New Video: Shuttlecocks + Revolving Cocks: Mashup of a Great Kansas City Sculpture and an Industrial Band Singing a Rod Stewart Cover.

Earlier this year I took a trip to Kansas City (and wrote about it here). I didn’t get around to writing about the The Nelson-Atkins Museum of Art, which is really stunningly good.  I have a huge cache of pics from the trip here, including images I took in and around the museum.

One of the best pieces is outside the museum itself— “Shuttlecocks”, by Claes Oldenburg & Coosje van Bruggen. Here’s how the artists describe it:

Aluminum and fiber-reinforced plastic; painted with polyurethane enamel
Four shuttlecocks, each 17 ft. 11 in. (5. 5 m) high x 15 ft. 1 in. (4.6 m) crown diameter and 4 ft. (1.2 m) nose cone diameter, sited in different positions on the grounds of the museum

Amazing. I took a bunch of photos of the installation and did nothing with them until this week.

Shuttlecocks @ Nelson-Atkins Museum of Art | Kansas City, MO

I had to clean out my computer (of raw video, mainly), because it was getting down to zero space. One of the video projects I had in iMovie was one about this piece.

“Shuttlecock” is an odd word. Compound. British, in a Fawlty Towers sort of way. Funny, in a juvenile way. So when I was thinking about how to present it in video, the natural thought was to double down on the language and mash it up with the Revolting Cocks.

Anyone in Chicago in the late 80s (or anyone in the industrial/ noise scene) knows and loves the Revolting Cocks.

So here’s my mashup of two great artists


A mashup of a great sculpture and an industrial band singing a Rod Stewart cover.

Virgin Mary Salt Stain Shrine Remains a Thing

When I first heard Tuesday of the Pray 4 Rose shrine beneath the Kennedy Expressway on Fullerton Avenue, my first thought was that people must have turned the Virgin Mary Salt Stain shrine into one for our man Rose.

So yesterday when I went to document the shrine, I went straight to the northeast corner, at the crash scene investigation site, to take a look. To my surprise, it wasn’t there, and the original shrine to the Virgin Mary remained.

As I noted nearly a decade ago, I believe whole-heartedly that this is a place where the Virgin Mary appeared in a salt stain. Why the hell wouldn’t I believe that? It’s easy.

Here’s pics of the place, as of yesterday.

Virgin Mary Salt Stain Shrine, Emergency Parking Only. Many shades of browns and tans. Water jugs and a broom.
Virgin Mary Salt Stain Shrine, Emergency Parking Only. Many shades of browns and tans. Water jugs and a broom.
Virgin Mary Salt Stain Shrine. A decade of visitors have left their marks, making this a sort of pass-on poem of epic proportions, with government cleaning supplies as a staccato harmony.
Virgin Mary Salt Stain Shrine in black + white. A decade of visitors have left their marks, making this a sort of pass-on poem of epic proportions, with government cleaning supplies as a staccato harmony.
Virgin Mary Salt Stain Shrine. All caps reminiscence.
Virgin Mary Salt Stain Shrine detail. All caps reminiscence.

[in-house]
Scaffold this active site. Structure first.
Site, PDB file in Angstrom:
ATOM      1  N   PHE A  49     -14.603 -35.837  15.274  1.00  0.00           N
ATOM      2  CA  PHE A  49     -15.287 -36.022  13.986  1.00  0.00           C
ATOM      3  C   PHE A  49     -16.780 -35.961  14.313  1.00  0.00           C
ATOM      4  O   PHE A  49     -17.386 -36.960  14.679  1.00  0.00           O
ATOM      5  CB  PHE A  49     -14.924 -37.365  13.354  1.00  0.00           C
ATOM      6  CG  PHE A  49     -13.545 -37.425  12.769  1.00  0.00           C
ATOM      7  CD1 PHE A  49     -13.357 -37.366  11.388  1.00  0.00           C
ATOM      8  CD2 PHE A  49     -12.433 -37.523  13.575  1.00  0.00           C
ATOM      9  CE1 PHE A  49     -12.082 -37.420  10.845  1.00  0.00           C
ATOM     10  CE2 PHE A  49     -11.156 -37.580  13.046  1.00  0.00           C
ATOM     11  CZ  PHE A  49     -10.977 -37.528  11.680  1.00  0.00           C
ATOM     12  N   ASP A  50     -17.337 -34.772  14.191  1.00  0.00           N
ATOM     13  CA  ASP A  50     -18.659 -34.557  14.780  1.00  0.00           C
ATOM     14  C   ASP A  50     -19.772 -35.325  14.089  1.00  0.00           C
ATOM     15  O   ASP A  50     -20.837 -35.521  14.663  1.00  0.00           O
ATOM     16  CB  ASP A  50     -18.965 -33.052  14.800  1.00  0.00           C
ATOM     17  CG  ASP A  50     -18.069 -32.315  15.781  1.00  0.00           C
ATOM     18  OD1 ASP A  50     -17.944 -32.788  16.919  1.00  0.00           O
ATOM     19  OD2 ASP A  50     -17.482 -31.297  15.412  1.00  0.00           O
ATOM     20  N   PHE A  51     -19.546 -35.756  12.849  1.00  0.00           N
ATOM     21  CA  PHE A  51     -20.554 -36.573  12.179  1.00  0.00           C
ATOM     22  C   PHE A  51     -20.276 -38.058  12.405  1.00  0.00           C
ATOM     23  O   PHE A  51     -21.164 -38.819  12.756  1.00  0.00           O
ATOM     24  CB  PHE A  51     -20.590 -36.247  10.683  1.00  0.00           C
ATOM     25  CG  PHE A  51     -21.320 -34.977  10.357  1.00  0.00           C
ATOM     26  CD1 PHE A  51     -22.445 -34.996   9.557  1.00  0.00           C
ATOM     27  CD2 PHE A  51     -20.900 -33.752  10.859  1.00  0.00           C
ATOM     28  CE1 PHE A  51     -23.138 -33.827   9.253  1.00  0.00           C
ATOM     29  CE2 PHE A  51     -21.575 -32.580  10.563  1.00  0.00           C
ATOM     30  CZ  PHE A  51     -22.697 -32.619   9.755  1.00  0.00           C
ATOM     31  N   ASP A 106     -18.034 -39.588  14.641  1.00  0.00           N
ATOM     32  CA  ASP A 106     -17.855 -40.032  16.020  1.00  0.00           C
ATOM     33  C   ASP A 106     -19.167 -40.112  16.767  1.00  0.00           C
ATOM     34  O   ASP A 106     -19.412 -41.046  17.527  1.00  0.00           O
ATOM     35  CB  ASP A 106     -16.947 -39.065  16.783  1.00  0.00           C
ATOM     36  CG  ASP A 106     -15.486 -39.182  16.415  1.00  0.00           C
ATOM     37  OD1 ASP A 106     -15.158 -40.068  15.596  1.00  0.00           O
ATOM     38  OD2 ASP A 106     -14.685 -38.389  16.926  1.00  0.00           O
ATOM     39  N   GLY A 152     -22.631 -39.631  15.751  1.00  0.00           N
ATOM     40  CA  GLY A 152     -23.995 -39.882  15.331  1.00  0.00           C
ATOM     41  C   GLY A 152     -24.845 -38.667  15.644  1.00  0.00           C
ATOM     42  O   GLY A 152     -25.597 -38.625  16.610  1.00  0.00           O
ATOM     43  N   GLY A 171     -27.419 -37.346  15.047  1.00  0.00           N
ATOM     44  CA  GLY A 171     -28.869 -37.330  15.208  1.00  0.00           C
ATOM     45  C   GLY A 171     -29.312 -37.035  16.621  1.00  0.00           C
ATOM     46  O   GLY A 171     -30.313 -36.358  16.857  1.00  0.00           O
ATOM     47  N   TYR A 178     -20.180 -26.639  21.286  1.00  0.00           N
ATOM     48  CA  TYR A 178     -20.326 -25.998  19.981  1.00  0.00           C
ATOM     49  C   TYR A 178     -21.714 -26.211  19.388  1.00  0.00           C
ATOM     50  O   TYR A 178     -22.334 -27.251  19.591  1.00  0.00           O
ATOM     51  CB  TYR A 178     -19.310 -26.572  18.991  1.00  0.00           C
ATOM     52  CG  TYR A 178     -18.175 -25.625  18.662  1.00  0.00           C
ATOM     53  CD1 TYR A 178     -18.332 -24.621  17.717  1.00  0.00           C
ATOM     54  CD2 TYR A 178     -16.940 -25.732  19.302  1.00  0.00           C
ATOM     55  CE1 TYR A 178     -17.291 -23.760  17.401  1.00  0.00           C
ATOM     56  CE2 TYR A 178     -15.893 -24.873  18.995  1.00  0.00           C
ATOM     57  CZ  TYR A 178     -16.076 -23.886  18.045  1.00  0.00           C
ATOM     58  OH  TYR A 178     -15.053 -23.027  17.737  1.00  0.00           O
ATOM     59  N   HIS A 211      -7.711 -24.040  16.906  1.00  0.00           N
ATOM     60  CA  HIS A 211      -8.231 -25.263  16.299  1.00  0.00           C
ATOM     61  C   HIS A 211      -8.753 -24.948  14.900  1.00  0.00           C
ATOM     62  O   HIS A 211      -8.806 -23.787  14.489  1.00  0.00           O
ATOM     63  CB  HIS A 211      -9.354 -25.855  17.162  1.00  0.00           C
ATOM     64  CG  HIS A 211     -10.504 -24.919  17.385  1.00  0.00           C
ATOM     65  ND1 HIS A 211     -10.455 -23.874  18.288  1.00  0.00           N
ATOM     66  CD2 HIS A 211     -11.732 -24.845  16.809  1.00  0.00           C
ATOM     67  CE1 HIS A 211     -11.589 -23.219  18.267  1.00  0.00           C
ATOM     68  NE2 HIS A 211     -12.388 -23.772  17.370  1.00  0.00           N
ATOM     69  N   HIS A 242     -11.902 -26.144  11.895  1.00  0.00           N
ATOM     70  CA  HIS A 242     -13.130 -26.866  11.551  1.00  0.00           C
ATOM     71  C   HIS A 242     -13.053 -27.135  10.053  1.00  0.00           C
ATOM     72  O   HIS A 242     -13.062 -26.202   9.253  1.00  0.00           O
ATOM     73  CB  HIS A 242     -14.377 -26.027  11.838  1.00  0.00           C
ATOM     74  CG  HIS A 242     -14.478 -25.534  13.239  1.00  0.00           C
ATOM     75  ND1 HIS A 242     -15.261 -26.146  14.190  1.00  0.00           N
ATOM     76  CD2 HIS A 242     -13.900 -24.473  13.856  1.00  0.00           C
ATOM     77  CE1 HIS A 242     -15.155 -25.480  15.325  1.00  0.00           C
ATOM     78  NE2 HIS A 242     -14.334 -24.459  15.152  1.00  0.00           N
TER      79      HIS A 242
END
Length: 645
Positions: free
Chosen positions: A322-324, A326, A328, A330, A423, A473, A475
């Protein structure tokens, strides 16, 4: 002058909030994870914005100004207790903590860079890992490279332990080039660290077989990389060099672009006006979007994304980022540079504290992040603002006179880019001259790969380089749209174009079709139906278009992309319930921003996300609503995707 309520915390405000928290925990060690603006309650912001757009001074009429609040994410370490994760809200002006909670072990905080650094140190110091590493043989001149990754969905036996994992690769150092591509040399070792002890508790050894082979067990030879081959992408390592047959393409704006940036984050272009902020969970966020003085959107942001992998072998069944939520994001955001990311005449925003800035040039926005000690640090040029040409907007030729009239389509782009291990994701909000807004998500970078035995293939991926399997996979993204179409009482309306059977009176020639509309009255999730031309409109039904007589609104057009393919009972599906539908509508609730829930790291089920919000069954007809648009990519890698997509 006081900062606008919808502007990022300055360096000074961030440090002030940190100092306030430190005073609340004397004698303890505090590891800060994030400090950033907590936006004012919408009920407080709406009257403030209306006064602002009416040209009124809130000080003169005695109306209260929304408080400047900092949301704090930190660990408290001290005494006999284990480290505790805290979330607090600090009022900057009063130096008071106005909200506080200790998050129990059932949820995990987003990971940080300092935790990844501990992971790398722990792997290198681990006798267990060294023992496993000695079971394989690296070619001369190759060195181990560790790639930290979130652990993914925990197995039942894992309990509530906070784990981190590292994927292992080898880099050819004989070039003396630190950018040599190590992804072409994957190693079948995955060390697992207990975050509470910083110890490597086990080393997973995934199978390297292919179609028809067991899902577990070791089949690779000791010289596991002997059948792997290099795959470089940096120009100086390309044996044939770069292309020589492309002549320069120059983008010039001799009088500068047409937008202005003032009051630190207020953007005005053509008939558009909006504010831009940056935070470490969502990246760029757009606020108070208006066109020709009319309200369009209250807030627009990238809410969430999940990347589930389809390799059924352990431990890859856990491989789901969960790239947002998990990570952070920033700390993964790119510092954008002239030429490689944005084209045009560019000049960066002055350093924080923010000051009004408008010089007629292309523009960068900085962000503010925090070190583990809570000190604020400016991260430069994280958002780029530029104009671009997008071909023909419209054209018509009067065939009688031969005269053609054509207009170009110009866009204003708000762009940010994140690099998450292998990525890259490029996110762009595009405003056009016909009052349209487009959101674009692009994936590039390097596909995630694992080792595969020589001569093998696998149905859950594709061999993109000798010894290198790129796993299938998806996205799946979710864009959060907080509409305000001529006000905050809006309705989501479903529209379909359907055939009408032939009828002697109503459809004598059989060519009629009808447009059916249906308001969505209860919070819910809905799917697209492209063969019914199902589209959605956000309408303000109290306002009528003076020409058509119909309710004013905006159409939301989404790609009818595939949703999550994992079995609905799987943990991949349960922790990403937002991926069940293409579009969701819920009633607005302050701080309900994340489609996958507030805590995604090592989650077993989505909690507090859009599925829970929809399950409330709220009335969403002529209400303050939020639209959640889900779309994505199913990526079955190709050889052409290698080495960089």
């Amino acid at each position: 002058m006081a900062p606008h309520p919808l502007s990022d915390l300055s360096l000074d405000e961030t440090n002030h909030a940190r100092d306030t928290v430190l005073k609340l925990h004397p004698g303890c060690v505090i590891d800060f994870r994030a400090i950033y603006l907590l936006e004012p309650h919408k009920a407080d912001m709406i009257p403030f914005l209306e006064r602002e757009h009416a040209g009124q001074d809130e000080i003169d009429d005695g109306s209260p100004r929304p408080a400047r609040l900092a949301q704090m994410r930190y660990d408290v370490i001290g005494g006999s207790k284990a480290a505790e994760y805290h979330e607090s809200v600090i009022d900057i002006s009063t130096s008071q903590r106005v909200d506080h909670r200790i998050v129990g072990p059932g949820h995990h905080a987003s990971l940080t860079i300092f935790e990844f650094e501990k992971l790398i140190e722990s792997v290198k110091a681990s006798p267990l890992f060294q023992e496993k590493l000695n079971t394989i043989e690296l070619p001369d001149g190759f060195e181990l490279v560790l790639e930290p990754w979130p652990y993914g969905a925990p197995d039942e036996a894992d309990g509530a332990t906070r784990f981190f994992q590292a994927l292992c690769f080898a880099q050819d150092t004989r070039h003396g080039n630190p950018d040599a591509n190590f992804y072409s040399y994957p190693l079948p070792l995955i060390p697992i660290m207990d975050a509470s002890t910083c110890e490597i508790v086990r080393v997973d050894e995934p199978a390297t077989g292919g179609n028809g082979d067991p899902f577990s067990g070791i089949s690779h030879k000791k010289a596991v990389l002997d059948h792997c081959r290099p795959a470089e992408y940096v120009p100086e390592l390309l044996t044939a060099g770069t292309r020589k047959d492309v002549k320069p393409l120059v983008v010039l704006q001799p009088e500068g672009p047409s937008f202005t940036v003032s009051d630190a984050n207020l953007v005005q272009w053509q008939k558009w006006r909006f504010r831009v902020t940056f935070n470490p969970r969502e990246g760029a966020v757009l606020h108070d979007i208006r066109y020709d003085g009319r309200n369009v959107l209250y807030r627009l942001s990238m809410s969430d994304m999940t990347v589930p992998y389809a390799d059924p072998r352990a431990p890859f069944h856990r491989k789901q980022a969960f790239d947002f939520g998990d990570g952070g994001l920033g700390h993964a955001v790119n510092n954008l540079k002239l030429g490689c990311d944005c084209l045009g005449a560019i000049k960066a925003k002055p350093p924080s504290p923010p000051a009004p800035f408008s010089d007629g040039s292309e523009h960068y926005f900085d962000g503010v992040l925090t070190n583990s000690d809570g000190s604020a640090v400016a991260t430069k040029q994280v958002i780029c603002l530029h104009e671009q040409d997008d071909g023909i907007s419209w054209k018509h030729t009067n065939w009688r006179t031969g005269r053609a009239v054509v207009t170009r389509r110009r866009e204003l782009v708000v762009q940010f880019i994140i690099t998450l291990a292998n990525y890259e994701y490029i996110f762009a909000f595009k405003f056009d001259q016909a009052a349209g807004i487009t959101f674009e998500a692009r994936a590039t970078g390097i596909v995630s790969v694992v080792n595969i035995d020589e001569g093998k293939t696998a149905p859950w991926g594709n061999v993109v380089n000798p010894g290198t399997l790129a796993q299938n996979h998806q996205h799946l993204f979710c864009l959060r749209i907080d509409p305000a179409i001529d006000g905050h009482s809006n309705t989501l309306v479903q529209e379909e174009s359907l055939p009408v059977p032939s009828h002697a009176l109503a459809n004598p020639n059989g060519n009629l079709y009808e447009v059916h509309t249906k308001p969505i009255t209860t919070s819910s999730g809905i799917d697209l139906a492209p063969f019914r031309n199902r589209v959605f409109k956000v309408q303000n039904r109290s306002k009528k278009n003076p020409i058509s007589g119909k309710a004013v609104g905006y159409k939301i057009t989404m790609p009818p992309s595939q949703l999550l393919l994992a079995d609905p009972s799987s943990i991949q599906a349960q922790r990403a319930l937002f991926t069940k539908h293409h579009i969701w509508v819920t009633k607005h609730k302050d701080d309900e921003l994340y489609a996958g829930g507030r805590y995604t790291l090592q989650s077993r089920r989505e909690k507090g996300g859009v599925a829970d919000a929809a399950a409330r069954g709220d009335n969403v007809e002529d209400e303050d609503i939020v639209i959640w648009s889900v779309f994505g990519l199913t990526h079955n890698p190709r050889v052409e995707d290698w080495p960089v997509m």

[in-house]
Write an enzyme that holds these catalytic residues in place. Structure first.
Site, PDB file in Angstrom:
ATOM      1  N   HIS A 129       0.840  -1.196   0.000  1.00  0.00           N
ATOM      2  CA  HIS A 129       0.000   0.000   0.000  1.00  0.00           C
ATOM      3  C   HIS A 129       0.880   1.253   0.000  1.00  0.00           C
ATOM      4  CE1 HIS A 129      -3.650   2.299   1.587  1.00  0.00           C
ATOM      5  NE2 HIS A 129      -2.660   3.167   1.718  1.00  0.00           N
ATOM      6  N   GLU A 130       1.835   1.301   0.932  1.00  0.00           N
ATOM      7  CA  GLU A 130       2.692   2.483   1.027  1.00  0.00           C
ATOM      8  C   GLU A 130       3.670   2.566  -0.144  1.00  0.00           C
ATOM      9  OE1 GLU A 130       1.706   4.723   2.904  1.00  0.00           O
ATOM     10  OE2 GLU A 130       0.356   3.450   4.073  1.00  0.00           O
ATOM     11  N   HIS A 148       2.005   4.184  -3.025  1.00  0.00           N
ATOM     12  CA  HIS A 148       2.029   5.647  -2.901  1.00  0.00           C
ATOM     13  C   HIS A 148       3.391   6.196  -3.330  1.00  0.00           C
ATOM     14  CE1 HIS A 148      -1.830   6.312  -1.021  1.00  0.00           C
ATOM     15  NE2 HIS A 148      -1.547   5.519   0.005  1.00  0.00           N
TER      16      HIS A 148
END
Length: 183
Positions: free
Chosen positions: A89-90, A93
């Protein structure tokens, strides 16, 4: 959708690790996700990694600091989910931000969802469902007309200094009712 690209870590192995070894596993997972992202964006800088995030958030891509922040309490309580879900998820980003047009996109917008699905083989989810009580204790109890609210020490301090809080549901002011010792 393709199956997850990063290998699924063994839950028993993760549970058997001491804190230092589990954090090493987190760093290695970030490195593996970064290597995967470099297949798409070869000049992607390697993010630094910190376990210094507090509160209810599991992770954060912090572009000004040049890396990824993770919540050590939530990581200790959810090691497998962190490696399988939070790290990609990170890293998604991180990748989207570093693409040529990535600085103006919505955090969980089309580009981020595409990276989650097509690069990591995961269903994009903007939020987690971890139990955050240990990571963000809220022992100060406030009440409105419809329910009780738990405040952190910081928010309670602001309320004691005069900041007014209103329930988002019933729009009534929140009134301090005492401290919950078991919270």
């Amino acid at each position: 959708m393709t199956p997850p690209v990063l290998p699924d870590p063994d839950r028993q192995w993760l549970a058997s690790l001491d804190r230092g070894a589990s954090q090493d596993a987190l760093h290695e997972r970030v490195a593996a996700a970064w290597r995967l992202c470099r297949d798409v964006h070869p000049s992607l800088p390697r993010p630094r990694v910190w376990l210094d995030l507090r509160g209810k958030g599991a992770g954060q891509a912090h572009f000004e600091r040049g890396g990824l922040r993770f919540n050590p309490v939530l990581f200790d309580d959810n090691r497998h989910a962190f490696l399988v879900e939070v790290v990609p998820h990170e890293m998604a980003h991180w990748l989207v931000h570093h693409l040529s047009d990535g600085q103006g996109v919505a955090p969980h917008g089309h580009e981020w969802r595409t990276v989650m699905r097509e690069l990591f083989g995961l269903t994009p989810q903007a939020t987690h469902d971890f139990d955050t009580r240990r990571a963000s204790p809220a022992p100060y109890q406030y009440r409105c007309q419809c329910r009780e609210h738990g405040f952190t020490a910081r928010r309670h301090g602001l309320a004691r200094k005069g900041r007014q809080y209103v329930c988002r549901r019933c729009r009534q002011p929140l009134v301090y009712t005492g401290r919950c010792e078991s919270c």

Virgin Mary Salt Stain Shrine. Deep hues, boxes,, wall dance, and lime.  Anne Sexton kept right on going on.
Virgin Mary Salt Stain Shrine. Deep hues, boxes, wall dance, and lime. Anne Sexton kept right on going on.

We have holy places everywhere, if we want them.

On Jesus, ISIL, and Brokenness

Last Thursday I read reports of ISIL fighters taking over Assyrian Christian villages in northeastern Syria. There was also some footage of people destroying artifacts in a museum in Mosul:

Being a Catholic, I was pretty bummed about the continued genocide of the Assyrians. Having received a degree in anthropology, the destruction of artifacts stung bad. Being a human on Earth, I found the entire situation untenable.

Continue reading “On Jesus, ISIL, and Brokenness”

COLLABORATION STOCK PHOTOS: Image #1

Here’s the first photo from my conceptual art project, COLLABORATION STOCK PHOTOS, designed to recreate and propagate as many stock photos representing the word “collaboration” as possible.

Here’s the original image:

Screenshot 2015-01-27 23.12.29

And here’s the re-creation:

COLLABORATION STOCK PHOTO 1My approach on this one was slavish re-creation, in part because we had the models, props, and venue at the ready today. I think I may have some more abstract approaches as time goes by.

I would describe this as “happy co-workers collaborating on a fun project. One person stands and draws on a whiteboard, creatively, while two others sit and learn. They are in a bright space. Fuzzed-out  people in the background are clearly collaborating as well.”

If you find yourself in need of a photo like this, download it here in hi-res for free. It is licensed as Creative Commons 3.0

Want to take part? Fave this tweet:

Or just show up tomorrow!

COLLABORATION STOCK PHOTOS (Shoot #1)

I’ve got the first shoot set for my new project, COLLABORATION STOCK PHOTOS. My goal is to recreate and propagate as many stock photos representing the word “collaboration” as possible.

I will be attending the next meetup of Connect Chicago, a group devoted to people who work to bring public computer centers, community technology centers, and digital literacy programs to the people of Chicago.

The meetup is about Assessing the Use & Impact of Free Public Computer Labs in Chicago. Sign up here, have lunch, and help me re-create these pics:

Screenshot 2015-01-27 23.14.45
Screenshot 2015-01-27 23.12.29 Screenshot 2015-01-27 23.11.58